Living life at a slower pace was one of the reasons I decided to dedicate two years of my life to serving in Senegal. Thanks to my less hectic schedule, I have time to think, read, write, and understand the people around me. It is often difficult to slow down in America, but I have learned to live an unhurried life.

I may not be saving the world or living in a hut (I am putting off my student loans), but I enjoy most days in Senegal. And, like in America, if I have a bad day… there’s always tomorrow!


Grocery Shopping

a PCV in a grocery store

a PCV in a grocery store

After being in Senegal for five months, and at site for three of those months, Peace Corps Volunteers (PCVs) from around the country showed up in Dakar for a few days before heading to Thies for two weeks of technical training. While in Dakar, we ate good food, drank American coffee, and went out more than can be healthy while not getting nearly as much sleep as we should have. However, we also did some grocery shopping.

If you don’t know what it’s like to be a PCV visiting Dakar, try living under a rock for a few months then walk into Walmart on Black Friday and ask an associate in which aisle the toothpaste is located. This is what our grocery shopping experience resembled.

We walked through sliding glass doors into an air conditioned wonderland. The lights were shiny, the floors were polished, and there were shopping carts. After admiring the view from the entrance, we grabbed shopping carts and got down to business.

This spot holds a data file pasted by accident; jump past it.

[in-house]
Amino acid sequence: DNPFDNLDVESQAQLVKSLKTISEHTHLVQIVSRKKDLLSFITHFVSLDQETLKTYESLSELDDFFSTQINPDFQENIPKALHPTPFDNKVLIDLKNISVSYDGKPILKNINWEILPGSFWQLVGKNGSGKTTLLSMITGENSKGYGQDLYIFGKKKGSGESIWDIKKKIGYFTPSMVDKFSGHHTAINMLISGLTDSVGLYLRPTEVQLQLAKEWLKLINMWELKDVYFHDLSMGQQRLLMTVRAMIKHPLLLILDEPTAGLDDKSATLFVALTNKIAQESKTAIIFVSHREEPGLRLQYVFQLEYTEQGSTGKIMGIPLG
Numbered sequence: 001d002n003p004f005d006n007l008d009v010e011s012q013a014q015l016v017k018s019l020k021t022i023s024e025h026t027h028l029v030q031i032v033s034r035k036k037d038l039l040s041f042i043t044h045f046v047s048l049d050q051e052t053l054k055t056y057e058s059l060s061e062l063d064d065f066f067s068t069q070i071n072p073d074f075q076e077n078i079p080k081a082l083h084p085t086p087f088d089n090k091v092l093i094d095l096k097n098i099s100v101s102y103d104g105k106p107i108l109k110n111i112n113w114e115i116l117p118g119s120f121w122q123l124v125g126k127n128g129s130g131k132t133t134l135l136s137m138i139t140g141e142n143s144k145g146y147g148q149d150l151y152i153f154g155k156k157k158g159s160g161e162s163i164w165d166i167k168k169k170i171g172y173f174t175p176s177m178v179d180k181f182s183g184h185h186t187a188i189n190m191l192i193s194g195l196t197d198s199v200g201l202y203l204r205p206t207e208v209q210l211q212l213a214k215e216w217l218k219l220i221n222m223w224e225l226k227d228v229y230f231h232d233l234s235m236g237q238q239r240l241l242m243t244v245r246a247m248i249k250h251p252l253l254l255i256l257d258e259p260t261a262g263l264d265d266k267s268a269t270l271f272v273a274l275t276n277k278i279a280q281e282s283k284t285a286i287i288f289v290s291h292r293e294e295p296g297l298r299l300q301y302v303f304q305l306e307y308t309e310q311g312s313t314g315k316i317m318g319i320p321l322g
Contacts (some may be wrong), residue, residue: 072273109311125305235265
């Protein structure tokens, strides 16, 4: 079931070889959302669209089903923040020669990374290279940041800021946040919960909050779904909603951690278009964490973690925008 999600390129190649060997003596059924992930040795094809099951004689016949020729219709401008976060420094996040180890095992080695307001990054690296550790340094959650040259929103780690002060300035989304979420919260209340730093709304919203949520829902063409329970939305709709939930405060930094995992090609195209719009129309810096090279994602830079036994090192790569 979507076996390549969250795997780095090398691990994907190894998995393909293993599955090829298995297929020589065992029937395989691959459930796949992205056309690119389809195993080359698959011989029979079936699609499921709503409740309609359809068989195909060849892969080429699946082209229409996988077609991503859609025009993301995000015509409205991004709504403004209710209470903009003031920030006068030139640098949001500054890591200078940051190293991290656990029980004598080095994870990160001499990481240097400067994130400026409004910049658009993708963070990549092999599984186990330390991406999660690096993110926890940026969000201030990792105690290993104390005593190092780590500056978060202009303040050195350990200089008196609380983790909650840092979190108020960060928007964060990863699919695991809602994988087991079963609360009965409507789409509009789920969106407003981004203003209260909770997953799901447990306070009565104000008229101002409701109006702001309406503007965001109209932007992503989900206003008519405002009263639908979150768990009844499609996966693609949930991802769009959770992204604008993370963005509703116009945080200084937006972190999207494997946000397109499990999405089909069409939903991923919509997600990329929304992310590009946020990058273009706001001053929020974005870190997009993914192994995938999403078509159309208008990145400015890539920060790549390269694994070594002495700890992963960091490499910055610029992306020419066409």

Wandering the aisles, we marveled at deodorant, kitty litter, and cheese. It wasn’t uncommon to see a fellow PCV just standing in the middle of the snack aisle with an open mouth and glazed eyes, wondering why anyone would choose to buy ketchup flavored potato chips.

Coming to the cereal aisle, I looked at my grocery list (one should never enter a grocery store without a list, especially a deprived PCV). I needed oatmeal.

Just oatmeal.

What I found was Fruity Loops, Cocoa Balls, Crunchy Crunch, Raisin Bland, Cheery-Os, Bunches of Honey, and Unlucky Charms (if you’re lucky, you’ll get a marshmallow). I almost got sucked into buying Donut Circles before I found the oatmeal on the bottom shelf next to the Unfrosted Flakes. My apologizes to Kellogg’s and General Mills for distorting their cereal brands, I can’t afford to pay royalties.

Finally, I had filled my cart with the necessities: shampoo, toothbrushes, chocolate, granola (in addition to oatmeal), cheese, Pringles, dried apricots, cheese, beer, cheese, wine, cheese, and a copy of The Economist (because it was the only magazine printed in English).

Listening to the beep, beep, beep of the scanner as the woman behind the conveyor belt rang up my goods, I tried not to think about all the money I was spending or the three hours I had just spent in a grocery store.

Leaving the air conditioning and walking out into the bustling city of Dakar, I decided that, for now, I’d rather have my local market where the women selling vegetables know me by name than a grocery store that has an entire aisle dedicated to nutritional cookies.